Developers continue to fix vulnerabilities in their products after discovering them. They frequently release patches whenever they spot defects in their code. In this case, you want to ensure you update your applications immediately. If you don’t pay attention to their updates, you’ll put your machine at stake. In effect, you can easily follow this instruction: every time a patch is accessible, accept it.

2. Filter Traffic 

Your system administrator can block segmented pings from accessing any machine in the network. Standard pings can still stream openly, but anything in segments wouldn’t get past. In this way, you prevent your device from crashing due to segment overload.

3. Assess After Reassembling 

At this point, you want to check the final packet size limit. You should do this because a crash can happen if you’re not allowing large data bits to come after you restrict packets.

4. Buffer Usage 

Improve your ability to face large packets with an overflow buffer. This helps you deal with packets that exceed the allowable size.

Now, your device should be safe from PoD attacks, but you can still reduce their likelihood. This way, you’ll better ensure your safety.

How to Reduce PoD Attacks

ICMP pings have been used for years to test connection stability and security. While it’s possible, blocking all ICMP traffic everywhere won’t be practical nor beneficial. Attacks could also come through other ports, like FTP, which are also listening by design (and might need access). 

Blocking ping messages only can prevent legitimate uses from happening. For example, you can check if networked devices are talking over links or verifying reachability within an entire geographical area. Here are the most helpful ways to reduce these attacks:

Fortinet

Your company can protect its infrastructure against DDoS attacks with FortiDados. This solution is dynamic and multi-layered, offering protection from known threats and zero-day hazards. FortiDados is also easy to deploy! The solution includes the following:

  1. Tutorial on how ping of death works with intrusion detection systems (IDS)
  2. Comprehensive analysis reporting options for those who need it most
  3. Behavior-based techniques that remove the signature file requirement altogether

Okta

Cybercriminals always look for new ways to break past your security and harm you. Okta offers powerful security tools that keep your company safe. The Okta team is also always available to help you deal with problems and answer your questions.

Final Words

A Ping of Death attack is just another type of DoS attack that targets your devices and disrupts them. While the earliest forms of PoD attacks aren’t threatening anymore, cybercriminals are evolving, using ICMP flood attacks. Unfortunately, you may also be at risk for these attacks. That said, you can still avoid PoD and safeguard your devices, as long as you take the necessary precautions and follow the instructions I provided in this article.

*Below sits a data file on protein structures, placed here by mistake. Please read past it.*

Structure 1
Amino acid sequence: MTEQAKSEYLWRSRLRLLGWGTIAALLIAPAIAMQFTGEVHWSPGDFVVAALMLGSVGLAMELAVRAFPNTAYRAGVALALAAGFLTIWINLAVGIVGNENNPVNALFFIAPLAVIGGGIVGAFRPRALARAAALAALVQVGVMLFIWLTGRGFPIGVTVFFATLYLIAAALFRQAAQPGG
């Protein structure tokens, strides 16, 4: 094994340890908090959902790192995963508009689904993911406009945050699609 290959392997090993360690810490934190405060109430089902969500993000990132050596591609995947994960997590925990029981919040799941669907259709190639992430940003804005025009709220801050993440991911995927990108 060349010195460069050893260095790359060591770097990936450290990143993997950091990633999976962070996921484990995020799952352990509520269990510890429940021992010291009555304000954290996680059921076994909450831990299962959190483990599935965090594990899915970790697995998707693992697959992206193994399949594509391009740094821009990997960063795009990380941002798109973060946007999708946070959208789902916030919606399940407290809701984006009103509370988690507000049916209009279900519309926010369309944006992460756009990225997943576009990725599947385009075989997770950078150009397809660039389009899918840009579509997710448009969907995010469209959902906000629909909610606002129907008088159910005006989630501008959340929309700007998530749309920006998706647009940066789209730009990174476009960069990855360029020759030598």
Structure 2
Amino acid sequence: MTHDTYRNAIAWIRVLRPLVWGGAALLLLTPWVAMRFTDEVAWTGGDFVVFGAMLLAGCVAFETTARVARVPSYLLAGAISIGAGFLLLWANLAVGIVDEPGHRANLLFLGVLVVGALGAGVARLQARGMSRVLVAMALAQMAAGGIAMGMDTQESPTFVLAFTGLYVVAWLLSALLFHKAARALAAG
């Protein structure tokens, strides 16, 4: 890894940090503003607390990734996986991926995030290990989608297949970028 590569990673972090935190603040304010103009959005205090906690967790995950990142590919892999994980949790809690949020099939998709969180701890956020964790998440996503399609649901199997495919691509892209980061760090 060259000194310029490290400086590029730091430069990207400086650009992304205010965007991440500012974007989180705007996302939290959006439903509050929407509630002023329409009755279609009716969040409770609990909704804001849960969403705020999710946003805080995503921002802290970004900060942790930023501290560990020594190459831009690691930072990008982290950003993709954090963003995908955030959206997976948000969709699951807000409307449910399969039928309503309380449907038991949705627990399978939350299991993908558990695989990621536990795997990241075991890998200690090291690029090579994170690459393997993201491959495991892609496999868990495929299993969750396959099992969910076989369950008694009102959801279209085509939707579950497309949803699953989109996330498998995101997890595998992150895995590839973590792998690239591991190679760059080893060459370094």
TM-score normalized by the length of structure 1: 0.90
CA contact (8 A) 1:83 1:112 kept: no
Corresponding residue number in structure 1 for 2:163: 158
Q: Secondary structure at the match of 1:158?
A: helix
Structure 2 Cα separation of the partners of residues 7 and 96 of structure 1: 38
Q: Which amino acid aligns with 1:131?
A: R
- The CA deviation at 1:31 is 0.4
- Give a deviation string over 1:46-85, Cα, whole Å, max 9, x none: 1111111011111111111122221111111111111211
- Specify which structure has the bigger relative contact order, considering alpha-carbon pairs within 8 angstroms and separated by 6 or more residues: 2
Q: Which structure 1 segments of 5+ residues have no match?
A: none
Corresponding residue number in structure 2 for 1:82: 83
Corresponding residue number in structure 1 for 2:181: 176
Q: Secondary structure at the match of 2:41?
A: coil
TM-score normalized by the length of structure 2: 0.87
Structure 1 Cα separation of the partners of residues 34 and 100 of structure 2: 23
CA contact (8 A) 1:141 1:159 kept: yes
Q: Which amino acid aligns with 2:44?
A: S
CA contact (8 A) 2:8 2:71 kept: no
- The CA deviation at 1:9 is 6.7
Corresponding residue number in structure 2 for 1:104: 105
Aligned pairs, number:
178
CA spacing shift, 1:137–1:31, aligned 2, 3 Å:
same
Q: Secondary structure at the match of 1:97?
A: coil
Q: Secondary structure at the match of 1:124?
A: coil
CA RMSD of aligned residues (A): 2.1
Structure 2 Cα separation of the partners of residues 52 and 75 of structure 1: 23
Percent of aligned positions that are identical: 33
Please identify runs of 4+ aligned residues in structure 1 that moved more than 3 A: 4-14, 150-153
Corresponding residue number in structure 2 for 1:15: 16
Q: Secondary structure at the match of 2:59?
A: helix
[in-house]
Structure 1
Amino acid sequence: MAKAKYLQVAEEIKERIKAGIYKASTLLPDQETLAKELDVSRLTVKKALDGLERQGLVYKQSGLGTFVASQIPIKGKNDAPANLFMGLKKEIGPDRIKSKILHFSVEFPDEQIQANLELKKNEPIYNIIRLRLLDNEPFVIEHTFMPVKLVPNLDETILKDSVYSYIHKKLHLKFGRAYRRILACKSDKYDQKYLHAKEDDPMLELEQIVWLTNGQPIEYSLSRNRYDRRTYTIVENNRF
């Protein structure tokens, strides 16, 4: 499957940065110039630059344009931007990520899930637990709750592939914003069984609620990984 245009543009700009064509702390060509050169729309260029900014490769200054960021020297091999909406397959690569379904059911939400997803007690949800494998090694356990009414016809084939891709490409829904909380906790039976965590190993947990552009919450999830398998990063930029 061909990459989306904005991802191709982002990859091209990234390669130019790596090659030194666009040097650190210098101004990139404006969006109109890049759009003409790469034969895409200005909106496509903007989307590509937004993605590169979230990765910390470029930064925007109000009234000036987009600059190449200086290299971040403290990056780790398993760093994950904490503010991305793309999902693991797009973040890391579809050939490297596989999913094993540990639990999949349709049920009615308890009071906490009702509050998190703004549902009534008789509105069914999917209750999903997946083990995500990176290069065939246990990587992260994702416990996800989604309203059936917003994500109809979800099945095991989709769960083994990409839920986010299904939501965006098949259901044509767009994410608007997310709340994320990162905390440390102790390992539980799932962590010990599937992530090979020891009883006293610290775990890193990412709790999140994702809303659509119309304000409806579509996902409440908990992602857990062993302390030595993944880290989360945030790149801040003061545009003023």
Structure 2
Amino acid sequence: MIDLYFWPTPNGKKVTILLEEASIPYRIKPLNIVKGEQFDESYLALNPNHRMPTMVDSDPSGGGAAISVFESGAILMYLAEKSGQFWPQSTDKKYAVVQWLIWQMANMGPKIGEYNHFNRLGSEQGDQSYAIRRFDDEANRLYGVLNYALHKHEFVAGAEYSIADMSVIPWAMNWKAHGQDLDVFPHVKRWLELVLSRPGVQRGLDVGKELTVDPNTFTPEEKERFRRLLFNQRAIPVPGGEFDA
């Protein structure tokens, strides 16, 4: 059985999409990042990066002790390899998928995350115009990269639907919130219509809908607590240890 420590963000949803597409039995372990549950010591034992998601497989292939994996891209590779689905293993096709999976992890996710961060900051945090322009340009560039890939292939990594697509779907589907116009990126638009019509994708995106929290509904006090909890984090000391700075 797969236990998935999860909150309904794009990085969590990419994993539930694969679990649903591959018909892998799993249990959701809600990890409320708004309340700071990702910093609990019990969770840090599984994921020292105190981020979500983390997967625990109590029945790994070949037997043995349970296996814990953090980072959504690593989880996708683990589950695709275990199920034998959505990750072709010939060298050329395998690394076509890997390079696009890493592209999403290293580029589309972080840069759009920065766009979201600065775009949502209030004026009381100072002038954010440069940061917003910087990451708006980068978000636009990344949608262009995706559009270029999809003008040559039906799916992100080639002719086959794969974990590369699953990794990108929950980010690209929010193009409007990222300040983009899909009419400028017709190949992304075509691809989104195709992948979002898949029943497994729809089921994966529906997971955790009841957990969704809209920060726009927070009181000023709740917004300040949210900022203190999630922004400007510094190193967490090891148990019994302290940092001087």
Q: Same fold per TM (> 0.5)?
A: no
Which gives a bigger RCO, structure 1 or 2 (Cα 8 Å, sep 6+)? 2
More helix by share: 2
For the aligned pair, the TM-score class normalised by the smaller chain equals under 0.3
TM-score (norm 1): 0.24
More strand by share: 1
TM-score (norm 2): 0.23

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FAQ

What is a Ping of Death attack?

Ping of Death (PoD) is a form of DDoS attack in which attackers attempt to destabilize, freeze, or crash a targeted device. Your IP address is all they need to target you. In this attack, cybercriminals overload your connection with packets that exceed the maximum allowed size. 

What is a DDoS attack? 

Distributed Denial of Service (DDoS) attacks are malicious attempts that happen when cybercriminals overload your connection with fake requests. They usually use multiple connected devices, known as botnets, to achieve that. Your network can only process a limited number of requests at once, so DDoS attacks overwhelm it with requests. That way, regular traffic won’t be able to access your network anymore.

How does the Ping of Death attack work?

While launching a PoD attack, cybercriminals overload their target device with ping packets that exceed the maximum size. The maximum allowed packet size of IPv4 is 65,535 bytes, including a total payload of 84 bytes. When the packets exceed this size, the targeted devices’ system is unable to reassemble the information, and the system crashes. 

Can I protect my device against PoD attacks?

Yes, you can, through several methods. Ensure you always update your applications to get the latest patches. You should also block all segmented pings from accessing your network, and allow access for large data bits after packets to avoid crashing. Finally, use an overflow buffer to ensure you can receive large packets.

Resources

TechGenix: Hardening Your Technology Infrastructure

Read through this article to discover how to withstand a DDoS attack.

TechGenix: DoS and DDoS Attacks

Click here to learn about the difference between DoS and DDoS attacks.

TechGenix: IP Address Security Guide

To know how secure your IP address is, read this article here

TechGenix: Data Protection and Security Tips

Learn the best practices to secure your data in this article.

TechGenix: Packet Filters Guide

Discover how to create a packet filter for dropping ICMP packets in this article.